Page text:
Jun F. Allard, Ph.D. University of British Columbia, Assistant Professor of Mathematics; Physics and Astronomy (Mathematical and computational biology)

Pierre F. Baldi, Ph.D. California Institute of Technology, UCI Chancellor's Professor of Computer Science; Biological Chemistry; Biomedical Engineering; Developmental and Cell Biology (Bioinformatics, computational biology)

Kieron Burke, Ph.D. University of California, Santa Barbara, Professor of Chemistry; Physics and Astronomy (Physical chemistry and chemical physics, polymer, materials, nanoscience, theoretical and computational)

Olivier Cinquin, Ph.D. University College London, Assistant Professor of Developmental and Cell Biology (Mathematical modeling of networks, systems biology)

Donald A. Dabdub, Ph.D. California Institute of Technology, Professor of Mechanical and Aerospace Engineering; Civil and Environmental Engineering (Mathematical modeling of urban and global air pollution, dynamics of atmospheric aerosols, secondary organic aerosols, impact of energy generation on air quality, chemical reactions at gas-liquid interfaces)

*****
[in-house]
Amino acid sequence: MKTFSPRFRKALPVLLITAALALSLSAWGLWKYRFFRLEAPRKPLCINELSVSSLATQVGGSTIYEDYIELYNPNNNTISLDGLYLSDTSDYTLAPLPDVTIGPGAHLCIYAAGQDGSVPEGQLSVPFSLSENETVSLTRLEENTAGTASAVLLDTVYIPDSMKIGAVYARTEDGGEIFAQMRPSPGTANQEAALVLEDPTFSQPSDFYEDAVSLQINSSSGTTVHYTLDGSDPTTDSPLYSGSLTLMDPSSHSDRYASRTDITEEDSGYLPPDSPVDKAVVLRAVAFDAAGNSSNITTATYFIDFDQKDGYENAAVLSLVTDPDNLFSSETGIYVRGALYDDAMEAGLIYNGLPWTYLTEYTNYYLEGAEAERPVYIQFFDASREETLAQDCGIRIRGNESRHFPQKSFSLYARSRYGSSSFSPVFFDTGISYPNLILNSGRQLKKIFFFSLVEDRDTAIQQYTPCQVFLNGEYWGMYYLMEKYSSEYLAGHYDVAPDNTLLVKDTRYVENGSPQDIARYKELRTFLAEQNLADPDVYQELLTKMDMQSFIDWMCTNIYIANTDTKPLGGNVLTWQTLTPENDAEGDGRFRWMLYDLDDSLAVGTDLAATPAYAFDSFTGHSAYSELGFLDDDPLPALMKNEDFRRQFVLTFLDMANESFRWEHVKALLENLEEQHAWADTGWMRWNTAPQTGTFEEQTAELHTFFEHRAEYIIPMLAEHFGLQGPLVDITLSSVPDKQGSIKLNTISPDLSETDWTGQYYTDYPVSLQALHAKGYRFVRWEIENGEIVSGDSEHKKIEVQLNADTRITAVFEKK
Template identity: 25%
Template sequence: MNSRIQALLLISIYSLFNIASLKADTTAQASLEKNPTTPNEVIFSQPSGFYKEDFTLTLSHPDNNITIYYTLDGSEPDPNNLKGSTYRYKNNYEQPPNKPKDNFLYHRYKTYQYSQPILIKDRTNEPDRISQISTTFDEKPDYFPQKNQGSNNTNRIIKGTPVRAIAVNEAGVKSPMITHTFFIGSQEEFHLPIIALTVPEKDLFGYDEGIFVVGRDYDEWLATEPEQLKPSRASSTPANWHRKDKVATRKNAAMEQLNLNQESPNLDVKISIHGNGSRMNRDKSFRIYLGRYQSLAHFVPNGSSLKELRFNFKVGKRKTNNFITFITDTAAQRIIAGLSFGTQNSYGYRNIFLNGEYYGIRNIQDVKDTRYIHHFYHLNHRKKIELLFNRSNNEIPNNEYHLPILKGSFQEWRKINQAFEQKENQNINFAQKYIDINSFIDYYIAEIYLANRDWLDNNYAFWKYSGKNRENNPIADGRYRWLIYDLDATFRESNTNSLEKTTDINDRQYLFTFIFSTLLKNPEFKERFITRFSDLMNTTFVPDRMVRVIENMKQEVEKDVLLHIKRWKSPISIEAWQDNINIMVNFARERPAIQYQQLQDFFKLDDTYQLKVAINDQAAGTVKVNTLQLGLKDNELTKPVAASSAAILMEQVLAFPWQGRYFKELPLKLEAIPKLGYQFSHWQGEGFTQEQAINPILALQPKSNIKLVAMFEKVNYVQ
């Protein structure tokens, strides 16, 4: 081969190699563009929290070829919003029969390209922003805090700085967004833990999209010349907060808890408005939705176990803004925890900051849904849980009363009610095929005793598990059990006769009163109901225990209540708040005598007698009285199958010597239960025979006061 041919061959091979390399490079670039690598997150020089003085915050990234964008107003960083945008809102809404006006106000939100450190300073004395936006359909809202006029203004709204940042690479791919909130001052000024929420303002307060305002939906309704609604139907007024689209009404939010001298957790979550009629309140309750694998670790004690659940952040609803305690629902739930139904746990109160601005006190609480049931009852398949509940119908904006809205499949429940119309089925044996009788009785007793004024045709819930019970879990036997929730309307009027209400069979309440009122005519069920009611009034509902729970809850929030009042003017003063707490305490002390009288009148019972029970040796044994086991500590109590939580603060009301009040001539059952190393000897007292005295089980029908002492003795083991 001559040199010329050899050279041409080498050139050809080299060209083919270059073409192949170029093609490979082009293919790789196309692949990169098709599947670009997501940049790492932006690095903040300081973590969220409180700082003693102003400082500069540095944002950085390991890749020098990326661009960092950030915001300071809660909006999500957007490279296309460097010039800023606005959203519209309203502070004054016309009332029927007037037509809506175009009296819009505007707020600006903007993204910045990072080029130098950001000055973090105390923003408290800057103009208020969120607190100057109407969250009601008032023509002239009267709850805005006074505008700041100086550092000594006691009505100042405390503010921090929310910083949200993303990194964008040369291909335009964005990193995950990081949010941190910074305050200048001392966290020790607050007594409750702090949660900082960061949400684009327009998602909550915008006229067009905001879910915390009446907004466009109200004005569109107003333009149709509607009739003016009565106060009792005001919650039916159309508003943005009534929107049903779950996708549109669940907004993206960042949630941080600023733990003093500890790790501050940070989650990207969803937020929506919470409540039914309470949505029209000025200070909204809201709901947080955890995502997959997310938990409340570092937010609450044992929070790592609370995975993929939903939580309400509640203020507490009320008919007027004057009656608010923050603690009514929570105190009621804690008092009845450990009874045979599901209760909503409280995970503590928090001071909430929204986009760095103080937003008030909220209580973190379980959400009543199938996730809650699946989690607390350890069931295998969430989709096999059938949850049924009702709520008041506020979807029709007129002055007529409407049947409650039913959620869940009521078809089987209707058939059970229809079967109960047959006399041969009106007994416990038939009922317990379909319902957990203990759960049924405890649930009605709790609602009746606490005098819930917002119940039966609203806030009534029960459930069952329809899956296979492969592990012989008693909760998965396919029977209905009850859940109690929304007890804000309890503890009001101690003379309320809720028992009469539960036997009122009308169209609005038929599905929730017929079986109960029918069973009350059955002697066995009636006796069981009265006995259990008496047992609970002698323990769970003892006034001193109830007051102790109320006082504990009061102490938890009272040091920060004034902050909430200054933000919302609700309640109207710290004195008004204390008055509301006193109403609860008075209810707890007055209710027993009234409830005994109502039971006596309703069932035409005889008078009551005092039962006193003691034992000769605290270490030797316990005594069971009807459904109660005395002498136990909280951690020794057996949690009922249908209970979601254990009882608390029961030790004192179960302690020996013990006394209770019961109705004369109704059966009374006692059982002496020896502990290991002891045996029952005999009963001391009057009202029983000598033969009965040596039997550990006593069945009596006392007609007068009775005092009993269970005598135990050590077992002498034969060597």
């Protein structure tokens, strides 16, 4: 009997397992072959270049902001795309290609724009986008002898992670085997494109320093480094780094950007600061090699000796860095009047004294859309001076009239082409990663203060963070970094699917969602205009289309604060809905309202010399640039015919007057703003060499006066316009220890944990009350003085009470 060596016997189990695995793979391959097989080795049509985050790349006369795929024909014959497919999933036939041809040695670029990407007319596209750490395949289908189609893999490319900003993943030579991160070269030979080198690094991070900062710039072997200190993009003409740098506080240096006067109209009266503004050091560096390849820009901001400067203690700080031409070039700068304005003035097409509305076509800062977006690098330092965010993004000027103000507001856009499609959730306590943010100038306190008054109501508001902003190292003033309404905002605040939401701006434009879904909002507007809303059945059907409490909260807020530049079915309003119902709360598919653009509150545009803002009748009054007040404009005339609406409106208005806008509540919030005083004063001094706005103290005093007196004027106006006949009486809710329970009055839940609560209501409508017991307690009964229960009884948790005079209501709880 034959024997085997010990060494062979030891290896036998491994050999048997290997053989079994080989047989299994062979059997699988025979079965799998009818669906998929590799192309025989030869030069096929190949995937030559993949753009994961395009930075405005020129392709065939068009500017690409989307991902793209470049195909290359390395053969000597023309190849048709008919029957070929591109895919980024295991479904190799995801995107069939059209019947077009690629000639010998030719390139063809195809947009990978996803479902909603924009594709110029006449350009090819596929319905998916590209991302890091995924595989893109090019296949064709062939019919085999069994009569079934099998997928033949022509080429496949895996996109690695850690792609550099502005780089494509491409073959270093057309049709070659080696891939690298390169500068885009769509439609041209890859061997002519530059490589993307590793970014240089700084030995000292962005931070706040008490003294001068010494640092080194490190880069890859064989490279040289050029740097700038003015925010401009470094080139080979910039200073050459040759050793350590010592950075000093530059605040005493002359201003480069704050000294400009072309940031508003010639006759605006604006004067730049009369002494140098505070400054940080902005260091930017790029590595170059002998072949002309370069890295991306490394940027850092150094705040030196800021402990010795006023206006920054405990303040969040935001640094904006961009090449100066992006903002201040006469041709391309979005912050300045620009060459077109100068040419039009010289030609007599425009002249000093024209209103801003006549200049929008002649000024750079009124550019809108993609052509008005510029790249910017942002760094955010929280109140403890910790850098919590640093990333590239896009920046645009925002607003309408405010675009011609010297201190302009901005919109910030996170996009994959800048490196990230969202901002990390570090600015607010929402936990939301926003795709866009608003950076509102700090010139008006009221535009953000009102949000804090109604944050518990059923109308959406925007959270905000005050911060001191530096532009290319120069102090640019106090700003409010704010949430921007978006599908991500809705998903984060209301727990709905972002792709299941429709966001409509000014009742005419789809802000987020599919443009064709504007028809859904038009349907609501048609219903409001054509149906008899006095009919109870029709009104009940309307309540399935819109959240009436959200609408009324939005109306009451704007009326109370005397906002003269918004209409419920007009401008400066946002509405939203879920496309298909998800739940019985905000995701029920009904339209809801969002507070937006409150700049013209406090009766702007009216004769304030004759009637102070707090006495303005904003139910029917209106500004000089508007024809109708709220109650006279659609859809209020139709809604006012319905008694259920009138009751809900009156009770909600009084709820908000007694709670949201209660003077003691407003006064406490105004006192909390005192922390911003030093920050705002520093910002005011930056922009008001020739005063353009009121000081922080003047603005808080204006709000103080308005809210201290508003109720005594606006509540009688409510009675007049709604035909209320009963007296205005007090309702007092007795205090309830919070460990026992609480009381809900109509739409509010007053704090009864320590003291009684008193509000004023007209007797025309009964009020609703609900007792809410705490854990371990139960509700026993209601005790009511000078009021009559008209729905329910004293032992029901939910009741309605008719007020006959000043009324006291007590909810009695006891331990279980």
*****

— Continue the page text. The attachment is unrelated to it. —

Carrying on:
Kristen Davis, Ph.D. Stanford University, Assistant Professor of Civil and Environmental Engineering; Earth System Science (Coastal Dynamics)

Filipp Furche, Ph.D. University of Karlsruhe, Professor of Chemistry (Physical chemistry and chemical physics, theoretical and computational)

Wayne B. Hayes, Ph.D. University of Toronto, Associate Professor of Computer Science (Biomedical Informatics and Computational Biology, Computer Vision Scientific and Numerical Computing)

Frithjof Kruggel, M.D., Ph.D. Ludwig Maximilian University of Munich, Professor of Biomedical Engineering; Electrical Engineering and Computer Science (Biomedical signal and image processing, anatomical and functional neuroimaging in humans, structure-function relationship in the human brain)